[Snort-sigs] snort rule documentation (#492)

dank at ...1581... dank at ...1581...
Mon Jun 9 06:39:14 EDT 2003


this may show up again later today, as i originally sent it in before
subscribing to the list.  sorry if so!

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Rule:  
alert tcp $HOME_NET 23 -> $EXTERNAL_NET any (msg:"INFO TELNET Bad
Login"; content: "Login failed"; nocase; flow:from_server,established;
classtype:bad-unknown; sid:492; rev:6;)
--
Sid:
492
--
Summary:
A telnet server refused an attempted login.
--
Impact:
An attacker may have attempted to gain access to a valid user's account via
the telnet service, but did not succeed.  The telnet service is running,
which uses insecure authentication mechanisms.
--
Detailed Information:
The telnet server typically runs on TCP port 23.  Upon access to the
server, account access is granted based on an unencrypted user name and
password.  Upon a failed login (resulting from either an invalid account
or an incorrect password), a login failure message will be returned.
This signature matches the common text "Login failed".
--
Affected Systems:
Any system running a telnet server.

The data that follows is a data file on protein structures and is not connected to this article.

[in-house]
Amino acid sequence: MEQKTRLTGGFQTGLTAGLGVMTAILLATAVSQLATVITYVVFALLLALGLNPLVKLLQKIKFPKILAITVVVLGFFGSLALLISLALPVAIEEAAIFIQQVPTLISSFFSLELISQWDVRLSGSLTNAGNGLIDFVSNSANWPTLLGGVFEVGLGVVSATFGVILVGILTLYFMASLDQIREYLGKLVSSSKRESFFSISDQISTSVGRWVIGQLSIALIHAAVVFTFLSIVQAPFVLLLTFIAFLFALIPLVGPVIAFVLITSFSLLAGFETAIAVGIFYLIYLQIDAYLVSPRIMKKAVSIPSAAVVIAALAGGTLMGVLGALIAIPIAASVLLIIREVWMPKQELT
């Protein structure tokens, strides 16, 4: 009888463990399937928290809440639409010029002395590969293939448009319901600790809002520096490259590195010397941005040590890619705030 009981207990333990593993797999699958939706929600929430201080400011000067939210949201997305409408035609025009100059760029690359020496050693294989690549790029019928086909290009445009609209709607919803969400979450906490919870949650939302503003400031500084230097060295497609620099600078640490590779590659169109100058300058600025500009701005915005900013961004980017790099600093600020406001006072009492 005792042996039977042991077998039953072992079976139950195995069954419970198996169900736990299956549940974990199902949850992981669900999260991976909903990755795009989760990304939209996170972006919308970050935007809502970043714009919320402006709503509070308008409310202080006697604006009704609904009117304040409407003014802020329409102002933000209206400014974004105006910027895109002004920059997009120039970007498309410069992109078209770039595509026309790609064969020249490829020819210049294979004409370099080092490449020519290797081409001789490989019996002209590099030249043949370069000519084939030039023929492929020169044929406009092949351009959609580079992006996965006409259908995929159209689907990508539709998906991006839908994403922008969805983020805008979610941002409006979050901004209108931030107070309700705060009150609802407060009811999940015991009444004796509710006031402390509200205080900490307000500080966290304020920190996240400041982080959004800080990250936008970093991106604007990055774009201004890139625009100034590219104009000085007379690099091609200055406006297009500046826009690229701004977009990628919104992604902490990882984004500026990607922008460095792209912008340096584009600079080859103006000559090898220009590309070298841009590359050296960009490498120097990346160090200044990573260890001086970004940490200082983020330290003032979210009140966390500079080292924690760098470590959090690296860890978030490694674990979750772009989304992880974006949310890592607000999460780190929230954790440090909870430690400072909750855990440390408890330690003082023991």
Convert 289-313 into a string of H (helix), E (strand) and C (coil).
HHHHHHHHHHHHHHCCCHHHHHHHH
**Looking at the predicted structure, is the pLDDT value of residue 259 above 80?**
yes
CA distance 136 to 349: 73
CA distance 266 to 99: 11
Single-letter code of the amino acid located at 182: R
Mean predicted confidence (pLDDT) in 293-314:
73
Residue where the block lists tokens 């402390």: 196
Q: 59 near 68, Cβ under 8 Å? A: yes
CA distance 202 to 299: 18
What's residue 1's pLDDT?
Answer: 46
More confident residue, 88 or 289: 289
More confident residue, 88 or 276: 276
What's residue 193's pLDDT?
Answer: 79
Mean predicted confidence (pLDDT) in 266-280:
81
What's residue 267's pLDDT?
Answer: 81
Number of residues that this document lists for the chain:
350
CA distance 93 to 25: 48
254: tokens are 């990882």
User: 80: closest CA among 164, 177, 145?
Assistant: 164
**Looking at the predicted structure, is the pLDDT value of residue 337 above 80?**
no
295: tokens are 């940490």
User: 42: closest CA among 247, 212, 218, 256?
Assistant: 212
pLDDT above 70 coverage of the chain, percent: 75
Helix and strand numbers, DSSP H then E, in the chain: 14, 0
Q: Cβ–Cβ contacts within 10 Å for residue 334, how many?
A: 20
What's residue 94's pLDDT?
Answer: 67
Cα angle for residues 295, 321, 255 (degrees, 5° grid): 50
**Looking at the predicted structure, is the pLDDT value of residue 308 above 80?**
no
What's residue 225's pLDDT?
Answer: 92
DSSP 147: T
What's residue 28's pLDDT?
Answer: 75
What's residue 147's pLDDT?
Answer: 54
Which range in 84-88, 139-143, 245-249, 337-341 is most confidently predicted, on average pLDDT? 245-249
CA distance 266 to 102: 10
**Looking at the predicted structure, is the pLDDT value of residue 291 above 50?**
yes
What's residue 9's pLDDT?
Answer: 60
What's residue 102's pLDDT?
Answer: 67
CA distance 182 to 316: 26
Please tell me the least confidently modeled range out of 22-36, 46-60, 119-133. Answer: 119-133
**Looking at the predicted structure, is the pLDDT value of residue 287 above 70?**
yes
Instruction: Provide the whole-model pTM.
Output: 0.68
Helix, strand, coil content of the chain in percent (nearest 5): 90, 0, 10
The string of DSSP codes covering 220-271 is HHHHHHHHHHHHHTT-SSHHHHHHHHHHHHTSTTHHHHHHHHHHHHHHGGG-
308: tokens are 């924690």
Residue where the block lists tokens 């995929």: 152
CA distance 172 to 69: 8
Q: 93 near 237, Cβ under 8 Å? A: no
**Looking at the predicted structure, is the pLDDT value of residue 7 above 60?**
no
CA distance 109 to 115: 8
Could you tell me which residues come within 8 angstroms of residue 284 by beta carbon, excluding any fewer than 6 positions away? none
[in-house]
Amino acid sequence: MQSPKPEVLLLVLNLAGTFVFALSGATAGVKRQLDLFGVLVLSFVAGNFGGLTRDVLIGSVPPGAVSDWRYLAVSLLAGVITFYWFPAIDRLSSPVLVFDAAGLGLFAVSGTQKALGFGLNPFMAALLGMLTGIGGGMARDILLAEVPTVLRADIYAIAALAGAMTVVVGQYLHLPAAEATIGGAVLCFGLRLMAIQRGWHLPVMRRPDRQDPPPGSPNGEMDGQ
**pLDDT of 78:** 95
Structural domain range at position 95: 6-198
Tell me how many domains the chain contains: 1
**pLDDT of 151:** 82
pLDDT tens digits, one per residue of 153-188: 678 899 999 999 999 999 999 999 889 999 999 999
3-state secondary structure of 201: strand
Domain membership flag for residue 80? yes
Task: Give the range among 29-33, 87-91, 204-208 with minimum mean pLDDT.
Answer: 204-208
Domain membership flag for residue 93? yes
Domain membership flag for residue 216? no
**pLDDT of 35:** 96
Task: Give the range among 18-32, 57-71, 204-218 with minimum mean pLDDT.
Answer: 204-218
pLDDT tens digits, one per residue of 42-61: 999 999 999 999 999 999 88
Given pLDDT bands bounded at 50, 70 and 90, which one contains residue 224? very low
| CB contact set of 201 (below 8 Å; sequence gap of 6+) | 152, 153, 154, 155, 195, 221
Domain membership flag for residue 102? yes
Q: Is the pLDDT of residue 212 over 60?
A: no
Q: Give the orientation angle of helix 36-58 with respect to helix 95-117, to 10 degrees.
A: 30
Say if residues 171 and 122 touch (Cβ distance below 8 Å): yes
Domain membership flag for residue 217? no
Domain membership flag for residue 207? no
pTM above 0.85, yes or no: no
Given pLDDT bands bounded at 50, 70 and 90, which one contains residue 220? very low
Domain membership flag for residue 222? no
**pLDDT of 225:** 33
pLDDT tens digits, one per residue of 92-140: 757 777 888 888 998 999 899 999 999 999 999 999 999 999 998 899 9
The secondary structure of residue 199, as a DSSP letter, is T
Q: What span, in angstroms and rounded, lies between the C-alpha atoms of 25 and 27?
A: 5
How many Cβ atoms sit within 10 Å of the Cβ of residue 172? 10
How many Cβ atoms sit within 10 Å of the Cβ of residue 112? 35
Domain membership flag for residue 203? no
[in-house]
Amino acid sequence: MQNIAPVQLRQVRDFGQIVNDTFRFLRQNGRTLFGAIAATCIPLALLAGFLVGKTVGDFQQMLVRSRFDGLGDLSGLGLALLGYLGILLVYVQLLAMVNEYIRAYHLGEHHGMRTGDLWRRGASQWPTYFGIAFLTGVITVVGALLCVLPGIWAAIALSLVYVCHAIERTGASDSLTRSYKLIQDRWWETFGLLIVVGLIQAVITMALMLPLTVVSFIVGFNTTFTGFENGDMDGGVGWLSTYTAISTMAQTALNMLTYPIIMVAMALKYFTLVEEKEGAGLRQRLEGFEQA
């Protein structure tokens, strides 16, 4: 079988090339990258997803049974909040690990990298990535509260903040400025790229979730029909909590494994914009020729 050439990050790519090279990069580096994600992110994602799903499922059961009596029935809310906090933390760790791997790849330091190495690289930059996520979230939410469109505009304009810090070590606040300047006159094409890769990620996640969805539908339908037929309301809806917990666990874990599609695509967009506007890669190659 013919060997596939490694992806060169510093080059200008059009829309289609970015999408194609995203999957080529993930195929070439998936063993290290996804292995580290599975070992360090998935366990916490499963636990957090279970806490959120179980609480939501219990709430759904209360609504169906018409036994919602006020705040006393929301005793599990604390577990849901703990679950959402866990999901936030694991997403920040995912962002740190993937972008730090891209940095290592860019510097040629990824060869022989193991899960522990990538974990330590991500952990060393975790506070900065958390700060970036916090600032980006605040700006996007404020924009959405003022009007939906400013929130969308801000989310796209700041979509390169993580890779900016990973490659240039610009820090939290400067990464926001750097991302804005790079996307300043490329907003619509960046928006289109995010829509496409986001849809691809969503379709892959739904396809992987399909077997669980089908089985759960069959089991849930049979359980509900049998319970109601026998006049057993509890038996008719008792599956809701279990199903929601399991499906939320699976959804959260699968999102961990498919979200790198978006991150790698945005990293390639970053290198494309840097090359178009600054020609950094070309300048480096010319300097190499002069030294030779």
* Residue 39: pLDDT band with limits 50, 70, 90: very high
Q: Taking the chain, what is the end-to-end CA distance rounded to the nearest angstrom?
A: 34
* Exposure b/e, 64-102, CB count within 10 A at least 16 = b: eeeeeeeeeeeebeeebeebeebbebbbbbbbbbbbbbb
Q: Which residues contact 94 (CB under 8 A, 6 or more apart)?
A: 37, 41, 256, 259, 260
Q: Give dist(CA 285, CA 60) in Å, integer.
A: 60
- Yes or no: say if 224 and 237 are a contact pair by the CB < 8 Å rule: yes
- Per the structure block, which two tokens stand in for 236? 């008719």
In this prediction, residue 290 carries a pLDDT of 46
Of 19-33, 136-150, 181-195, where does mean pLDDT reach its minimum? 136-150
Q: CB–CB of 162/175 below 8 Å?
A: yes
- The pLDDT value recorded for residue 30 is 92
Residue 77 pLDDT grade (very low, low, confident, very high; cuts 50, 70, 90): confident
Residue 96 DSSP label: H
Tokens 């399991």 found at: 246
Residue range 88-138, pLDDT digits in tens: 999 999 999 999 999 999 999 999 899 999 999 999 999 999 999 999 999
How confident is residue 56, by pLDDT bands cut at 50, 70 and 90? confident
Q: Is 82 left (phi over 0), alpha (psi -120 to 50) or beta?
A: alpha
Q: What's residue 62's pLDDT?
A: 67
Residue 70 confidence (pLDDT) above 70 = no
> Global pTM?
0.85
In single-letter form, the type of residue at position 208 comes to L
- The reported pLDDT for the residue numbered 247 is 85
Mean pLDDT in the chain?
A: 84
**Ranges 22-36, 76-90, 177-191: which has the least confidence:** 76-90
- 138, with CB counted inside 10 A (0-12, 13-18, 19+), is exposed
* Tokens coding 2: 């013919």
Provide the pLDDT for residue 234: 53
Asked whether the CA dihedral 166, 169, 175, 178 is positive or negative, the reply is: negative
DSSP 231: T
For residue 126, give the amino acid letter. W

--
Attack Scenarios:
Attackers can, particularly when armed with a valid account name,
attempt to use guessing attacks or brute-force means to gain access via
the telnet service.  Many successive events of this type would likely be
indicative of such an attack.

The use of a telnet server allows the passive attack of traffic
sniffing, which can extract a username and password from any valid
login.
--
Ease of Attack:
This event indicates it is possible to perform a brute-force attack; the
ease of such an attack is dependent upon the strength of passwords, and
rate-limiting techniques employed by the telnet server in question.
--
False Positives:
This event will match any badly-typed or -remembered password, and will
therefore likely false positive fairly often.  Look for rapid successive
events.
--
False Negatives:
If a password is correctly guessed, no failure will be noted.
--
Corrective Action:
It is best to avoid using telnet whenever possible; its authentication
system is lacking, and encryption is generally unavailable.  If your
telnet server can be configured to temporarily disable access after
rapid successive failures, it as advised that you do so.
--
Contributors:
Original rule author unknown
Documented by Nick Black, Reflex Security <dank at ...1582...>
-- 
Additional References:
Telnet RFC:  http://www.faqs.org/rfcs/rfc854.html
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-- 
nick black <dank at ...1582...>
"np:  nondeterministic polynomial-time
the class of dashed hopes and idle dreams." - the complexity zoo




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